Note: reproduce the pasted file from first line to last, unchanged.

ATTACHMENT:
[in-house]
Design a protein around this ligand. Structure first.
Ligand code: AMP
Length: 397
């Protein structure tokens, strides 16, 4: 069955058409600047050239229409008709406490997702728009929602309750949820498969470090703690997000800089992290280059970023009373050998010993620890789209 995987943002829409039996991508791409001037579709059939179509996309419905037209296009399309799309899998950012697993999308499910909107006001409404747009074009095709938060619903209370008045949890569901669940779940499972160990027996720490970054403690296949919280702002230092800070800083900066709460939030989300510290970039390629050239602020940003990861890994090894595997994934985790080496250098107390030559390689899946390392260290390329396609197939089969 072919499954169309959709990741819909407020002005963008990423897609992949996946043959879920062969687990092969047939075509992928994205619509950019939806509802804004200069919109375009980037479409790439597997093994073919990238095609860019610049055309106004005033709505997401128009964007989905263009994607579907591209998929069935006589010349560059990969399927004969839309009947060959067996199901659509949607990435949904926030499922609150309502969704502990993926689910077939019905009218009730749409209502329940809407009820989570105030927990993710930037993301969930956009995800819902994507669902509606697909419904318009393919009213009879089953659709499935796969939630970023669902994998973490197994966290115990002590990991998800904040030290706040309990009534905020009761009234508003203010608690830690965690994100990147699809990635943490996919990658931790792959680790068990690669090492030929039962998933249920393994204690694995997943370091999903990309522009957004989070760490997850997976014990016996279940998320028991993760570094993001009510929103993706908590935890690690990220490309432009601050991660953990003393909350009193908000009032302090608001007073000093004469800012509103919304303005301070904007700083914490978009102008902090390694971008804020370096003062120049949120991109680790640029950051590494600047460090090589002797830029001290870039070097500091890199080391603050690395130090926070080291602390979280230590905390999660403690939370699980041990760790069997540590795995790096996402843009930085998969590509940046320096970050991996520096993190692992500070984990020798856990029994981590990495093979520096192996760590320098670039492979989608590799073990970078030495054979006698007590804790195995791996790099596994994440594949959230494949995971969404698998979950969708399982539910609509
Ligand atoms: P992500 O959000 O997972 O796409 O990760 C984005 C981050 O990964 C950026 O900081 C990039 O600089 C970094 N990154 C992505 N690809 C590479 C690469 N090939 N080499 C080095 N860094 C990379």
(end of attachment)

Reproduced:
[in-house]
Design a protein around this ligand. Structure first.
Ligand code: AMP
Length: 397
């Protein structure tokens, strides 16, 4: 069955058409600047050239229409008709406490997702728009929602309750949820498969470090703690997000800089992290280059970023009373050998010993620890789209 995987943002829409039996991508791409001037579709059939179509996309419905037209296009399309799309899998950012697993999308499910909107006001409404747009074009095709938060619903209370008045949890569901669940779940499972160990027996720490970054403690296949919280702002230092800070800083900066709460939030989300510290970039390629050239602020940003990861890994090894595997994934985790080496250098107390030559390689899946390392260290390329396609197939089969 072919499954169309959709990741819909407020002005963008990423897609992949996946043959879920062969687990092969047939075509992928994205619509950019939806509802804004200069919109375009980037479409790439597997093994073919990238095609860019610049055309106004005033709505997401128009964007989905263009994607579907591209998929069935006589010349560059990969399927004969839309009947060959067996199901659509949607990435949904926030499922609150309502969704502990993926689910077939019905009218009730749409209502329940809407009820989570105030927990993710930037993301969930956009995800819902994507669902509606697909419904318009393919009213009879089953659709499935796969939630970023669902994998973490197994966290115990002590990991998800904040030290706040309990009534905020009761009234508003203010608690830690965690994100990147699809990635943490996919990658931790792959680790068990690669090492030929039962998933249920393994204690694995997943370091999903990309522009957004989070760490997850997976014990016996279940998320028991993760570094993001009510929103993706908590935890690690990220490309432009601050991660953990003393909350009193908000009032302090608001007073000093004469800012509103919304303005301070904007700083914490978009102008902090390694971008804020370096003062120049949120991109680790640029950051590494600047460090090589002797830029001290870039070097500091890199080391603050690395130090926070080291602390979280230590905390999660403690939370699980041990760790069997540590795995790096996402843009930085998969590509940046320096970050991996520096993190692992500070984990020798856990029994981590990495093979520096192996760590320098670039492979989608590799073990970078030495054979006698007590804790195995791996790099596994994440594949959230494949995971969404698998979950969708399982539910609509
Ligand atoms: P992500 O959000 O997972 O796409 O990760 C984005 C981050 O990964 C950026 O900081 C990039 O600089 C970094 N990154 C992505 N690809 C590479 C690469 N090939 N080499 C080095 N860094 C990379």